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Wednesday, 17 April 2019

MPs vote overwhelmingly in favor of constitutional amendments

We’re going to vote next week on a new constitution after House passes proposed changes: The House of Representatives has overwhelmingly voted in favor yesterday of a package of constitutional amendments that will extend presidential terms and reinstate the upper house of parliament if approved in a national referendum, Youm7 reports. The amendments passed with 531 of 554 (98%) MPs voting in favor. In all, 22 MPs voted against the package and one abstained.

Bring on the referendum: Voters in Egypt will be able to cast our ballots from Saturday, 20 April until Monday, 22 April while the polls will open a day earlier for expats, running from 19-21 April, according to an Akhbar El Yom report out overnight.

What’s in the final package?

  • Six-year presidential terms, with a maximum of two consecutive terms;
  • An extension to President Abdel Fattah’s El Sisi’s current term in office by two years (ending 2024) under a transition clause. That makes him eligible to run for a final six-year term that would see him in office until 2030 should he run and win;
  • A new upper house of parliament. The Senate will replace the disbanded Shura Council;
  • The restoration of the office of the vice president;
  • A 25% quota for women in the House of Representatives;
  • The president will have the right to appoint pre-nominated judges, the head of the constitutional court, and the prosecutor general;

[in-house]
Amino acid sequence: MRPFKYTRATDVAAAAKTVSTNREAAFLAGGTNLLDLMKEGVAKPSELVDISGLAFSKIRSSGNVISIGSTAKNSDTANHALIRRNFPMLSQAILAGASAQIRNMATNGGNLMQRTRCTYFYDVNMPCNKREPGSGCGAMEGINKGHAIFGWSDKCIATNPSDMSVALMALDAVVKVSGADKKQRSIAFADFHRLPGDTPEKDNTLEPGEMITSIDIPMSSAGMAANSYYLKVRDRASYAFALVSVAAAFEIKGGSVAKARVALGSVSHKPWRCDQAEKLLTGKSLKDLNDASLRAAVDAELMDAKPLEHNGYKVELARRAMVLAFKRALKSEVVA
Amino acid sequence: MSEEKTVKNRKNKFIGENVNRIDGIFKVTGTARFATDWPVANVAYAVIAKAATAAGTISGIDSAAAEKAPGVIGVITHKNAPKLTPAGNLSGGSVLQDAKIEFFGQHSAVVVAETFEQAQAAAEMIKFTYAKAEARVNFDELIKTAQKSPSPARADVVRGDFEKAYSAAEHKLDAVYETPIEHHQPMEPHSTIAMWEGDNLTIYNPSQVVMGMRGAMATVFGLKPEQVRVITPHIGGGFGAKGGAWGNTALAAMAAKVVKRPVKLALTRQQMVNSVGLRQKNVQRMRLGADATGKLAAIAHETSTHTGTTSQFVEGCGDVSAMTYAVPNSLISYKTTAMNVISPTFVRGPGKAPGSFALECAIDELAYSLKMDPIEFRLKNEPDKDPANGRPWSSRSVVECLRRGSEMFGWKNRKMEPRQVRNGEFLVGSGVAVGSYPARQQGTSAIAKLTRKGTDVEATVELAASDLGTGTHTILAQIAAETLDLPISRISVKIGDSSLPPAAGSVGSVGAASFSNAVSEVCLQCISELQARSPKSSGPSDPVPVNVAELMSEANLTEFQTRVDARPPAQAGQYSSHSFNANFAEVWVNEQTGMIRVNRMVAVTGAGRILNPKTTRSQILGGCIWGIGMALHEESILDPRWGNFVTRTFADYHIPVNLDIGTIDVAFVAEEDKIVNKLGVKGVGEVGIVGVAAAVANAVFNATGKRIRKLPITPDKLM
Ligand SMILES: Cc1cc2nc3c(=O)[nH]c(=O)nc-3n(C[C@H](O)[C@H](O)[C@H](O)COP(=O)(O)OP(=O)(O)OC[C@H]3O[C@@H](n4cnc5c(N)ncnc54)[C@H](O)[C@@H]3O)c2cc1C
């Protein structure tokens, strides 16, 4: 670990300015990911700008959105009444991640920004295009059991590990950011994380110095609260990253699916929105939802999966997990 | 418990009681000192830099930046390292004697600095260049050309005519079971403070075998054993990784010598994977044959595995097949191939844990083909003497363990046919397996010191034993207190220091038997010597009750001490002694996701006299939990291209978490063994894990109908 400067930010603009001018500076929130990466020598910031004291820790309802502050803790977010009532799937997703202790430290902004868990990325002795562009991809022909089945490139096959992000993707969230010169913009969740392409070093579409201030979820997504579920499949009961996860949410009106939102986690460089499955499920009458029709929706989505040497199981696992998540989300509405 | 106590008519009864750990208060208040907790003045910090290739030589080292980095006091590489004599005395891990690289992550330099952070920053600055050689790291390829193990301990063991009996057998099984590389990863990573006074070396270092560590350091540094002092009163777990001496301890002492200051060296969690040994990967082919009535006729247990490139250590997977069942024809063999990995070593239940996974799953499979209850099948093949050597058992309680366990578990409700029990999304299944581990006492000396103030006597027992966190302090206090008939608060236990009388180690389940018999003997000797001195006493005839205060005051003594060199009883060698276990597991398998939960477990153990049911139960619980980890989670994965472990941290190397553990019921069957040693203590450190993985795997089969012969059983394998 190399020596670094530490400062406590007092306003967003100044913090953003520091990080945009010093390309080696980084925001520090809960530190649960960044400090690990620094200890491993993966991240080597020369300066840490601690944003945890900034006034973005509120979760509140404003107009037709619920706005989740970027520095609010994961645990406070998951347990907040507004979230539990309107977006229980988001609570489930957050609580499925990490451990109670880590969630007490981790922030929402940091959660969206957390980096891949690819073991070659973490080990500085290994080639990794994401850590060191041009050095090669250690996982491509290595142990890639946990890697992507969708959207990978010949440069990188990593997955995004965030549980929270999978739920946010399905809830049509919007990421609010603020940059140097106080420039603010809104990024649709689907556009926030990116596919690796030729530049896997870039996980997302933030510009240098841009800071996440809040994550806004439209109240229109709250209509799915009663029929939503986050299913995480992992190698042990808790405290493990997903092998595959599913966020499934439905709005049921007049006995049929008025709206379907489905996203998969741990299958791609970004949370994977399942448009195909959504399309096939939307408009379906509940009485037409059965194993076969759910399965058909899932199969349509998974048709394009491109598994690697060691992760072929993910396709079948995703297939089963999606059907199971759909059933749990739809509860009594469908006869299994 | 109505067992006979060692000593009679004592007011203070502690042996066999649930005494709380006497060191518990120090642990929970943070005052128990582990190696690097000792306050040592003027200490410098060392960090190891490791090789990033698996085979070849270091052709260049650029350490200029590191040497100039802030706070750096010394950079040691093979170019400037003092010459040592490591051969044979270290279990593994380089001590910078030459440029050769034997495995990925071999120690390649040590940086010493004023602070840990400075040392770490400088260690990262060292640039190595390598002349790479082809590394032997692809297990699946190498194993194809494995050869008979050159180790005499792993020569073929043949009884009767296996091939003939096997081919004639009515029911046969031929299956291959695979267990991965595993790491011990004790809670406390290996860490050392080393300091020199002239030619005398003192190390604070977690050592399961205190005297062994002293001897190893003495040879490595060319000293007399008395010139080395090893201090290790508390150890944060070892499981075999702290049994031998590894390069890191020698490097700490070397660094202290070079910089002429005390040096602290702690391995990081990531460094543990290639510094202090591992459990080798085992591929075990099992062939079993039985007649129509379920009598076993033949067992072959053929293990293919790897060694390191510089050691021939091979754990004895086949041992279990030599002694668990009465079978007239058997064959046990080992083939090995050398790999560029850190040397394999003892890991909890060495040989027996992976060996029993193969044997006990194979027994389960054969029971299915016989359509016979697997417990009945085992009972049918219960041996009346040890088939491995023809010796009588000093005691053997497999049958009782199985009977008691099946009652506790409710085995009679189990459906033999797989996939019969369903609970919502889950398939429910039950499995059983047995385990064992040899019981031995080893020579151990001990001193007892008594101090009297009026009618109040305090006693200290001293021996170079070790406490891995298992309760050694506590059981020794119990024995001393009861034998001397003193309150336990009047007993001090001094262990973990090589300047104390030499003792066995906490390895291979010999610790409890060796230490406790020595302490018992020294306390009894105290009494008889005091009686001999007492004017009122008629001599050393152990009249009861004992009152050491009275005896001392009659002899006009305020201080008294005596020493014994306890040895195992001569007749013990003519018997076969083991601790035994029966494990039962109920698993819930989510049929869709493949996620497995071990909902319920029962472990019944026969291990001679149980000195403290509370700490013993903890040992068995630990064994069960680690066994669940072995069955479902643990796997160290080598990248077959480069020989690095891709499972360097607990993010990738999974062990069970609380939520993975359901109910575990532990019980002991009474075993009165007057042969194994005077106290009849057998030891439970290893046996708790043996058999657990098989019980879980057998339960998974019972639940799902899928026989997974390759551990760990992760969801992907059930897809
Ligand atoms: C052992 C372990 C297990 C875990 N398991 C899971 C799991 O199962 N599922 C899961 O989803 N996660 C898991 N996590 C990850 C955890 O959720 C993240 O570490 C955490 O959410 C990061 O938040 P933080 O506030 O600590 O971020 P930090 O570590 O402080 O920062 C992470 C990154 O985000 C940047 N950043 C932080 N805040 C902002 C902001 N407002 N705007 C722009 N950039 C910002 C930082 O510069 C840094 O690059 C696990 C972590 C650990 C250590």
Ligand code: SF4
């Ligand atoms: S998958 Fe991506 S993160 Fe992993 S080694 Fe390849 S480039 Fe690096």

• A declaration that the army is the “guardian of the land, the constitution, democratic and personal rights, the civil state, and the gains of the people”; and
  • The Supreme Council of the Armed Forces will have the authority to approve the appointment of the nation’s defense minister.

We have background and more detail on the amendments here in our coverage from earlier this week.

The vote is dominating coverage of Egypt in the foreign press this morning. Bloomberg writes that the motion has upset rights groups and some politicians — including Mohamed Anwar El Sadat who has argued that the move will return the country to the pre-25 January revolution years. For more: AP, Washington Post, WSJ, Reuters, BBC and The Guardian. The list is effectively endless. Rights groups are also in on the action. Representative is Amnesty International’s suggestion that the amendments could have a negative impact on civil liberties.

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